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Essential Tips on how Startups can Manage Cashflow


Essential Tips on how Startups can Manage Cashflow

Cashflow management is not a function for only big corporations. It is very essential for all startups. According to Dunn & Bradstreet, 90% of small-business failures are caused by poor cash flow.

To avoid becoming part of the 90 percent, you need to maintain a certain respect for cash. Cash is king. Cash is king when it comes to financial management. Always remember cash is king. And in other words, it is not the part of your business that would accommodate shortcuts and sloppy practices. Cash problems have knocked out many companies out of business, big and small.

Here are a few tips to sharpen your cash flow management

In simple terms good cash flow management means identifying all your inflows and outflow of cash and never taking your eyes off this function. So your first task is to list all the sources and outflows of cash to your business.

Document Cash Flows

You must document all your cash flows to be able to track them properly. Do a list or a spreadsheet of all your income lines and your expenses on either side. For example, if you are a blogger, you may have income lines such as adsense ads, promotional articles and ads, email marketing, and expenses like hosting, internet, electricity, wages. Every business has income lines and expenses. Identifying and tracking them is the beginning of your cash flow management.

Collect your Cash Fast

Small businesses try to give extended credit periods to customers with the hope of attracting and maintain customers. This practice can equally kill your business if you don’t pull the brakes on your credit terms. Ideally, it is not even necessary for small businesses to be extending credit to individuals. You can consider giving very short credit periods to big businesses that buy from you. And remember to collect the cash when time is due. Learn the best credit practices and implement them effectively, so you don’t lose cash.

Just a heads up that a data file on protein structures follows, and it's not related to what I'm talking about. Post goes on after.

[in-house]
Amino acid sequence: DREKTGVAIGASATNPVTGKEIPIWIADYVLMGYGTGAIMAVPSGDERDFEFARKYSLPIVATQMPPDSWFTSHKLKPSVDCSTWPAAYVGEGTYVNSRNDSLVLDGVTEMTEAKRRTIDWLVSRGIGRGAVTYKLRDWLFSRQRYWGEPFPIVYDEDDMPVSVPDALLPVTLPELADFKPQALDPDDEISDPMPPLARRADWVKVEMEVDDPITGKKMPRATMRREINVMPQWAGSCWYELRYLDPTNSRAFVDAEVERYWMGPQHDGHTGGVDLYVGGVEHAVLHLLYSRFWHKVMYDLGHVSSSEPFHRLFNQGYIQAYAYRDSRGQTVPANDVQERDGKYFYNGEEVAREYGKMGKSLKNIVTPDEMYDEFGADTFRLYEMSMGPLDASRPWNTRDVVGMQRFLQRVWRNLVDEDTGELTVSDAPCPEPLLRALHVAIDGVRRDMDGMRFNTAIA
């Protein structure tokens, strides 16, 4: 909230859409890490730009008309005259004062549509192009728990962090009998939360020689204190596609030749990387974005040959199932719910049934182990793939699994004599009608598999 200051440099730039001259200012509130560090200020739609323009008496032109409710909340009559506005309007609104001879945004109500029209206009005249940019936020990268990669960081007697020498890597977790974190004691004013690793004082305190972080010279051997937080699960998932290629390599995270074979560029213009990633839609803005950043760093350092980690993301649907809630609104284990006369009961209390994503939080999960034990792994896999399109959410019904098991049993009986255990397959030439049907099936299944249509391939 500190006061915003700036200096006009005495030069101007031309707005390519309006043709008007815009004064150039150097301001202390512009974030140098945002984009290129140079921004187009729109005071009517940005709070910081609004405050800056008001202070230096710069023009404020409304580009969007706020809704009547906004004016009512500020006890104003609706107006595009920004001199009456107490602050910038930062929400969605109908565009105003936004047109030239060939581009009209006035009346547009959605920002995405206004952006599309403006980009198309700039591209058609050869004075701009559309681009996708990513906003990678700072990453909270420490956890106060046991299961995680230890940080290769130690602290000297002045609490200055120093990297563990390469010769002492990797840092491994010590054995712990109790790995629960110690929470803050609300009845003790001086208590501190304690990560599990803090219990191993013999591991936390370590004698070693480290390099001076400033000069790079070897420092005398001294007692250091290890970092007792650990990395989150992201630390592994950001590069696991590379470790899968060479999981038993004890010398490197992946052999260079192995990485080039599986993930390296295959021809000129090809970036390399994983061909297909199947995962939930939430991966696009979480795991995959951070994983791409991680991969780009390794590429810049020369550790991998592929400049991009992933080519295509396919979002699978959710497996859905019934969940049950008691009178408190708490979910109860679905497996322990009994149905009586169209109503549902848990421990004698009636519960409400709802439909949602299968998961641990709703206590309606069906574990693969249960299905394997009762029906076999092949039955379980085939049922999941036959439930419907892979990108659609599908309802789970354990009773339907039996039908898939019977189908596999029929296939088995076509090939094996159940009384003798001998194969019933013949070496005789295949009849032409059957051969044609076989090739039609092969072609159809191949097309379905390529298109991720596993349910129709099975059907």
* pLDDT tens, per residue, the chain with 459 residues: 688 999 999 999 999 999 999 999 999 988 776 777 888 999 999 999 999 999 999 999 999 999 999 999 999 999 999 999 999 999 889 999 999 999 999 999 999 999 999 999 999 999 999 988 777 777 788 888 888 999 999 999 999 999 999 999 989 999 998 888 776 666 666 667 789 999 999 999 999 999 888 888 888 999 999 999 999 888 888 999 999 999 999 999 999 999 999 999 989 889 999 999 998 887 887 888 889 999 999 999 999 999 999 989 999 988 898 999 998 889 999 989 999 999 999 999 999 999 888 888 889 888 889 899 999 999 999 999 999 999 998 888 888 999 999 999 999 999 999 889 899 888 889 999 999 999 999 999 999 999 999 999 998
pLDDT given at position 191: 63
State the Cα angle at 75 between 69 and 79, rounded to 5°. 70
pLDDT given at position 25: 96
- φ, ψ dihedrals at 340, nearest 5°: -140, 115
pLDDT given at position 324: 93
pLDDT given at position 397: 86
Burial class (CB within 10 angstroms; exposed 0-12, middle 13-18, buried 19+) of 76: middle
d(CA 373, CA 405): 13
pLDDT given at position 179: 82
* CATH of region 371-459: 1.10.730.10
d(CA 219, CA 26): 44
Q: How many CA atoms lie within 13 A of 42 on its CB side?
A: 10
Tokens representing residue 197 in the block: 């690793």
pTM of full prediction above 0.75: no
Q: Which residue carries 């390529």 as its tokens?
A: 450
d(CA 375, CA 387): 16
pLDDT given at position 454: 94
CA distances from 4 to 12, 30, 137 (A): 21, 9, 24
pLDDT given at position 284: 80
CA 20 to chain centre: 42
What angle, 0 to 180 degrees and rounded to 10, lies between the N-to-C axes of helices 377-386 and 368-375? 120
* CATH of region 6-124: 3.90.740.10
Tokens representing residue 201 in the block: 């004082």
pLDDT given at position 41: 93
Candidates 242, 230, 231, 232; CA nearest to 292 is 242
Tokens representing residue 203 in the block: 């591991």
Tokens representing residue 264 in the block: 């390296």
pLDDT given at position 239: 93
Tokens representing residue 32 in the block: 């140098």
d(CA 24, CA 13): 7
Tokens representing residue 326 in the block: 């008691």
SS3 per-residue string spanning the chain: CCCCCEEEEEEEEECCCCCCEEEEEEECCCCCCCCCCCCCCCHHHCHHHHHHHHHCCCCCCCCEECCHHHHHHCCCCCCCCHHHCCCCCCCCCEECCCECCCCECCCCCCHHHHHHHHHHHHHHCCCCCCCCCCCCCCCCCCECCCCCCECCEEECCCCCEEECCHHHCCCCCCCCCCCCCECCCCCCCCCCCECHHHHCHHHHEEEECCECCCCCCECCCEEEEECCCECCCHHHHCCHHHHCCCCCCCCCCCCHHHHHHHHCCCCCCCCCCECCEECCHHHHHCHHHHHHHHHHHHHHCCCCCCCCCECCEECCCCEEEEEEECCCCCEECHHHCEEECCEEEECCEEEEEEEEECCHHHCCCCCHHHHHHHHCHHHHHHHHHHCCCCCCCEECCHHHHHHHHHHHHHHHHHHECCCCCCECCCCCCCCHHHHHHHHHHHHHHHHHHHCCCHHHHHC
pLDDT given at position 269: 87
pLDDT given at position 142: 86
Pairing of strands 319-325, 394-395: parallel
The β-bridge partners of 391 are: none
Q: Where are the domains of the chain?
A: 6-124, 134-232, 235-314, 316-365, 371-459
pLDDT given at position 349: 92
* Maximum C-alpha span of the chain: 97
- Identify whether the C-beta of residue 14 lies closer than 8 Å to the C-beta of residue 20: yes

Delay Payments

Rather than rushing to pay your creditors, you should buy time, if this is possible. As long as this would not jeopardize the relationship between you and suppliers or providers of services, delay payments to them. This gives you room to be able to turn your money around buy quickly buying and selling or producing and selling (if you have a short cycle), making profits in the process before paying your suppliers and vendors.

Limit Unplanned Cash Outlays

People tend to go beyond their plans for the year. Buying things that you have not budgeted for, simply because there’s an opportunity to buy something cheap can run your business into the ditch. You must resist the temptation to spend spontaneously and impulsively.

Limit Fixed Asset Investments

In one of my articles on why microfinance companies fail in Ghana, I identified heavy fixed investments as one of the major factors. Small entities are paying huge sums to acquire properties in expensive suburbs to run their businesses. This puts pressure on your cash flow, leaving you with very small cash to invest in working capital. And this means your profits would be proportionately small. Remember fixed assets are not earning assets; they don’t generate immediate cash for the business. Limit your investment in them, when you can.

Invest Unused Cash

Be quick to invest all funds you don’t have immediate use for. You can open a call account for this purpose. Call accounts allow you to earn interest whilst giving you the opportunity to withdraw funds when you need it. Idle cash means you are forgoing interest on it and it also tempts you to spend impulsively.


What you do in times of emergencies is not to take a bank loan. Your unused cash in your call account can be used in times of emergencies. You must be careful to distinguish between what is an emergency for your business and what is shire

Season Sales Fluctuations

Fluctuating sales means more inventory is required to cover the ups and downs. Every dollar in inventory is a dollar less in cash available or maybe even two dollars less if your gross margin is 50 percent. Trying to vary the number of employees to match seasonal fluctuations only costs even more cash for hiring and firing.

Managing cash positions is probably not your primary goal for going into entrepreneurship but it’s a crucial part of running a business. At the end of the day, no business can sustain itself without cash.

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